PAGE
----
U.S. Pat. No. 4,707,743 to Tokumitsu et al. relates to a method and apparatus for converting a image into filtered electrical signals. In a specific form of the apparatus illustrated in FIG. 8, the image is transmitted to a planar CCD via a lens and two swivelable mirrors. The CCD is exposed more than once to the image. Charges induced in each exposure are added upon shifting the charge positions in the CCD and are subsequently extracted as electrical signals.
An object of the present invention is to provide a covert surveillance assembly wherein detectability of a surveillance camera is reduced or minimized.
Another object of the present invention is to provide a surveillance assembly with optical scanning, wherein the optical scanning is accomplished with a miminum of intrusion.
Yet another object of the present invention is to provide a surveillance assembly with optical scanning, wherein the optical scanning is accomplished with greater speed than in prior scanning systems.
Another, more particular, object of the present invention is to provide a surveillance assembly with a camera having an especially compact design.
A further particular object of the present invention is to provide a surveillance assembly wherein a continuous 360° panning scan is obtained with no concomitant image rotation on a monitor.
Yet another particular object of the present invention is to provide a surveillance assembly with an improved method and means for pivoting a light receiving mirror.
The instant invention is directed in part to an assembly usable with a covert surveillance camera for minimizing the detectability thereof. The assembly comprises a component for camouflaging the camera, the camouflage component taking the form of a facsimile of an object typically found suspended from ceilings. In particular, the camouflaging component may take the form of a dummy sprinkler head. The assembly further comprises one or more elements for mounting the camouflaging component in a predetermined position relative to the camera. The assembly may also include the camera itself and a bracket or other device for mounting the camera at a hidden location. Advantageously, the sprinkler head has a pair of parallel arms and a mirror is mounted in a predetermined position relative to the camera and between the arms of the sprinkler head.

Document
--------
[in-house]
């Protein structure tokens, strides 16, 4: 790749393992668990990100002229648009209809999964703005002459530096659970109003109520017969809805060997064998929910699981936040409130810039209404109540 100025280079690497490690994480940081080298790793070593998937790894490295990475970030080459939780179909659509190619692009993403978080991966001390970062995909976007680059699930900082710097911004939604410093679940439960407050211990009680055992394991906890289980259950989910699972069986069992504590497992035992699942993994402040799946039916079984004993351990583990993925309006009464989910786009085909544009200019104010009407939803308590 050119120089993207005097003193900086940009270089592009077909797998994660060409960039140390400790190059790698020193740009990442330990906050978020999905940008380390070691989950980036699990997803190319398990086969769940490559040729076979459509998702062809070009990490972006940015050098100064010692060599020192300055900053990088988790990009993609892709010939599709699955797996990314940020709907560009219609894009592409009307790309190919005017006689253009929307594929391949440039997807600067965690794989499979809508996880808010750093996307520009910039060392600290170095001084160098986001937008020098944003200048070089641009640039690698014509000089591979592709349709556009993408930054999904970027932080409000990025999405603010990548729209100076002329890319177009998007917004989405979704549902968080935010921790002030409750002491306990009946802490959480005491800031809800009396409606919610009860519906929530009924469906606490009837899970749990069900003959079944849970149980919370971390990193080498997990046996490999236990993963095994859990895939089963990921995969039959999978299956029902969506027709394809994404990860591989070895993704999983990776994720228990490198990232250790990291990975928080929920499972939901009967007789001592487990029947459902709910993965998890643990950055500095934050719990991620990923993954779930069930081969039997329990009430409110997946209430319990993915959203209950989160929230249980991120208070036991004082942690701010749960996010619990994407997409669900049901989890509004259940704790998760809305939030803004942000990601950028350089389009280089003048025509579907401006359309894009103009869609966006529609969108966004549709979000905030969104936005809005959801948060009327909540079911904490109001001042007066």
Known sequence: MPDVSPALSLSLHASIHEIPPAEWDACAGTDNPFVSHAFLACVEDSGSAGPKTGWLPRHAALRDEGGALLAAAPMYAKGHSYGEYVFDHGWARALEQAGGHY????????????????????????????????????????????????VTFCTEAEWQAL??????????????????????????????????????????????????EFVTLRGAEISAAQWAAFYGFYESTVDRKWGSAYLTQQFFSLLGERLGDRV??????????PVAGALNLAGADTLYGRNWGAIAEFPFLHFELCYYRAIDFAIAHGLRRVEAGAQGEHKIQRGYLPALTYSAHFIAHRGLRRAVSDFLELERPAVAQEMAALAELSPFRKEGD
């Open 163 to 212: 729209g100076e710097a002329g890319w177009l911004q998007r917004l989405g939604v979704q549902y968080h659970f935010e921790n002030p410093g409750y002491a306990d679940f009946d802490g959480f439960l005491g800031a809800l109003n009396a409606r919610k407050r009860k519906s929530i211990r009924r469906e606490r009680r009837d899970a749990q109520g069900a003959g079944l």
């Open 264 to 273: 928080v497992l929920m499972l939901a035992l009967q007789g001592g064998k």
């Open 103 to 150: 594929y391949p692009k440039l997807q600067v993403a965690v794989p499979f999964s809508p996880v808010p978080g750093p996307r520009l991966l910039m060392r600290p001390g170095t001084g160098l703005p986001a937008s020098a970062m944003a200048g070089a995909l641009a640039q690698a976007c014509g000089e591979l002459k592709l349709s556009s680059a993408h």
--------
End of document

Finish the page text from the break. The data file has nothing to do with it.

In accordance with another feature of the present invention, the covert surveillance assembly further comprises a light transmitting optical device including a casing mounted to a ceiling, the component for mounting the camouflaging component or sprinkler head including an element for attaching the sprinkler head to the casing.